Oloja, Sanusi, Oyebode seek independent institutions to protect democracy
Managing Director and Editor-in-Chief of The Guardian, Martins Oloja, former Emir of Kano, Muhammadu Sanusi II and Prof. Akin Oyebode, yesterday, stressed the need to make Nigeria’s institutions independent enough to protect democracy and the economy.
They also called for transparency of the electoral system for people to identify with ideals of candidates.
The eminent Nigerians spoke at the third Nigerian Leadership Colloquium, tagged, ‘A new Nigeria: Leadership imperatives for radical growth and transformation’, to celebrate Pastor Ituah Ighodalo’s 62nd birthday in Lagos.
The event also had in attendance Ooni of Ife, Oba Adeyeye Ogunwusi, Ojaja II; wife of Lagos State governor, Ibijoke Sanwo-Olu, among other dignitaries.
Specifically, Sanusi noted that any candidate vying for office must be compelled to face the people and discuss issues.
He lamented that the country has not been this divided since the end of the civil war.
His words: “We have an economy that is a dungeon and unfortunately, we seem to be having a dearth of leadership in the political space. Beyond defining what we want as a leader, we need to look critically review the process through which our leaders emerge.”
Oyebode said the people must be ready to call leadership to order.
“In a relatively underdeveloped political environment such as ours, the people must be able and prepared to take their destinies in their hands to forestall dictatorship and oppression. After all, it is often said that those who make peaceful change impossible ultimately make violent change inevitable,” he noted.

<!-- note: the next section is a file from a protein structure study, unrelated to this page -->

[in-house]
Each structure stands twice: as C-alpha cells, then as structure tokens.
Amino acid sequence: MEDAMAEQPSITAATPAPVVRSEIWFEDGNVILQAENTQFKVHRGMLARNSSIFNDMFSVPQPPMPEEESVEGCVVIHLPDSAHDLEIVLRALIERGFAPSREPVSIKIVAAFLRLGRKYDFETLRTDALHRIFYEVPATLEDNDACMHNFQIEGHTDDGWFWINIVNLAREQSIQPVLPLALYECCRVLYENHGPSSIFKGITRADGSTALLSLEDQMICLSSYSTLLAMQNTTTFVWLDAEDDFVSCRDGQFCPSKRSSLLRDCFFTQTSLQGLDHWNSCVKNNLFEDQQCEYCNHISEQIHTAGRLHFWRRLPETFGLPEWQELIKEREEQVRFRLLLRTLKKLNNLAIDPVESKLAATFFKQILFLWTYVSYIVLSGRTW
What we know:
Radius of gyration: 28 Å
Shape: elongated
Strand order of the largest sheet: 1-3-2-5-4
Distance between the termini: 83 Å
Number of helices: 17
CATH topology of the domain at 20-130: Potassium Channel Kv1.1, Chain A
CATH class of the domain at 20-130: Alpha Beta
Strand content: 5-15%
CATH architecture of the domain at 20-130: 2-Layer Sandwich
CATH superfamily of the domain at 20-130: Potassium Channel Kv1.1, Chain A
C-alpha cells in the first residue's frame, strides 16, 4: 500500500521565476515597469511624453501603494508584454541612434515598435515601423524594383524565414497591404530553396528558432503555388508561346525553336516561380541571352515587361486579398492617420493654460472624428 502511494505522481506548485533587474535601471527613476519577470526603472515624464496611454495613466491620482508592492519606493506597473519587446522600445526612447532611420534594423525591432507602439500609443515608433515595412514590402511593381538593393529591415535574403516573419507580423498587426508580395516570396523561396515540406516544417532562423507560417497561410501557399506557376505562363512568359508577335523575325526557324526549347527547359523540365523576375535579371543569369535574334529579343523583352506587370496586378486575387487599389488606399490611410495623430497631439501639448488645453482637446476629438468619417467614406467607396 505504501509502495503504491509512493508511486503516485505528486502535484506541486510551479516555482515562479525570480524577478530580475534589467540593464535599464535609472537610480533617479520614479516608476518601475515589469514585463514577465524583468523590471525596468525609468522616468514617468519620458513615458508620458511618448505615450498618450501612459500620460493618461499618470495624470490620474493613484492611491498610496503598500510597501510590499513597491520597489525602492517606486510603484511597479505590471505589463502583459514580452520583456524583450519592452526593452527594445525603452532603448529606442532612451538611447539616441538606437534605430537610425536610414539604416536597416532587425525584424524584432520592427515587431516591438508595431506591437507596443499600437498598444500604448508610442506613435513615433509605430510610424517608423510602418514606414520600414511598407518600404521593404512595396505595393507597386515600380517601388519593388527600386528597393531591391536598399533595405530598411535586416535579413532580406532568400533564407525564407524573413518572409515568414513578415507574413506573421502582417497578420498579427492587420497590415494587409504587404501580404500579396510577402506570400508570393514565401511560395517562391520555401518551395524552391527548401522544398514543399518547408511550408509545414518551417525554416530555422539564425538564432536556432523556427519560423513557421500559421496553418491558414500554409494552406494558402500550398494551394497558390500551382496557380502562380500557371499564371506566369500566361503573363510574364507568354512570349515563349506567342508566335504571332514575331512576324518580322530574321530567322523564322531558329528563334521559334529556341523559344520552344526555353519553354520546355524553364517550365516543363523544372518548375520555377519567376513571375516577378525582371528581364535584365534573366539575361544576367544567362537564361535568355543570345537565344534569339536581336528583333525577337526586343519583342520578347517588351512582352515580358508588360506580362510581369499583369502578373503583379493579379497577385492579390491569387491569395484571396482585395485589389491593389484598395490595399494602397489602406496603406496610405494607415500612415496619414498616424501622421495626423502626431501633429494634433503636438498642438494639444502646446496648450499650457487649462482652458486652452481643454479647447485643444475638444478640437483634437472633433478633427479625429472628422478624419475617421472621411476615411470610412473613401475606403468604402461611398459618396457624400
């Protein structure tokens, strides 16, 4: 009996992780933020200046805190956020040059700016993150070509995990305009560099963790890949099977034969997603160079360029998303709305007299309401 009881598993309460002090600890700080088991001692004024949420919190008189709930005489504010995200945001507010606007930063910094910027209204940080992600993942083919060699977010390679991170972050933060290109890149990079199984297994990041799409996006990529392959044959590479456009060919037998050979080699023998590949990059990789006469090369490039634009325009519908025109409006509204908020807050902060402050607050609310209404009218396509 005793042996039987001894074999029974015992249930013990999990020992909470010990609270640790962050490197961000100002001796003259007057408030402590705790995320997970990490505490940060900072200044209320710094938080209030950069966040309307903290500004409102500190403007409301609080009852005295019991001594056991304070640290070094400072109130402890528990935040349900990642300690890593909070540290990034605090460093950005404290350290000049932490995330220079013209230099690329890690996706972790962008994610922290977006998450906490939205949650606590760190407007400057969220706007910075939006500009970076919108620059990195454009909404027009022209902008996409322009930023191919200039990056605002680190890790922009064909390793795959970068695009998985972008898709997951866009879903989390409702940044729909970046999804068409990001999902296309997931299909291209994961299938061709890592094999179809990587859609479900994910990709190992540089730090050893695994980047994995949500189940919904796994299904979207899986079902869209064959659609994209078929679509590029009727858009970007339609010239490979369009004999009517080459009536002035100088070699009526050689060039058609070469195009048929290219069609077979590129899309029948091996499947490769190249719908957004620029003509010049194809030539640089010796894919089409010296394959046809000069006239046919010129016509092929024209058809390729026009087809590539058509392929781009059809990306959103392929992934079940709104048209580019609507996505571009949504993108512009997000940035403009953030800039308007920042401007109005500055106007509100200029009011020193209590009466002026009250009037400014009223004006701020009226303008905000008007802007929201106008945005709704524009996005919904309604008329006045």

On his part, Oloja observed that the collapse of the civil service is responsible for failure of institutions, adding that if the public service were working, professors would not be acting as returning officers.
His words: “If someone has risen to the directorate level and such a person cannot be trusted, then there’s a problem. If professors are being made returning officers and they are compromised, then there is a problem in the country.
“If we have a working civil service, we wouldn’t need an EFCC (Economic and Financial Crimes Commission) or ICPC (Independent Corrupt Practices and other related Offences Commission). In the Constitution and other enabling laws, the office in the civil service that should take care of corruption is the office of the Auditor General for the Federation. That is the office that is empowered by law to query appropriations.”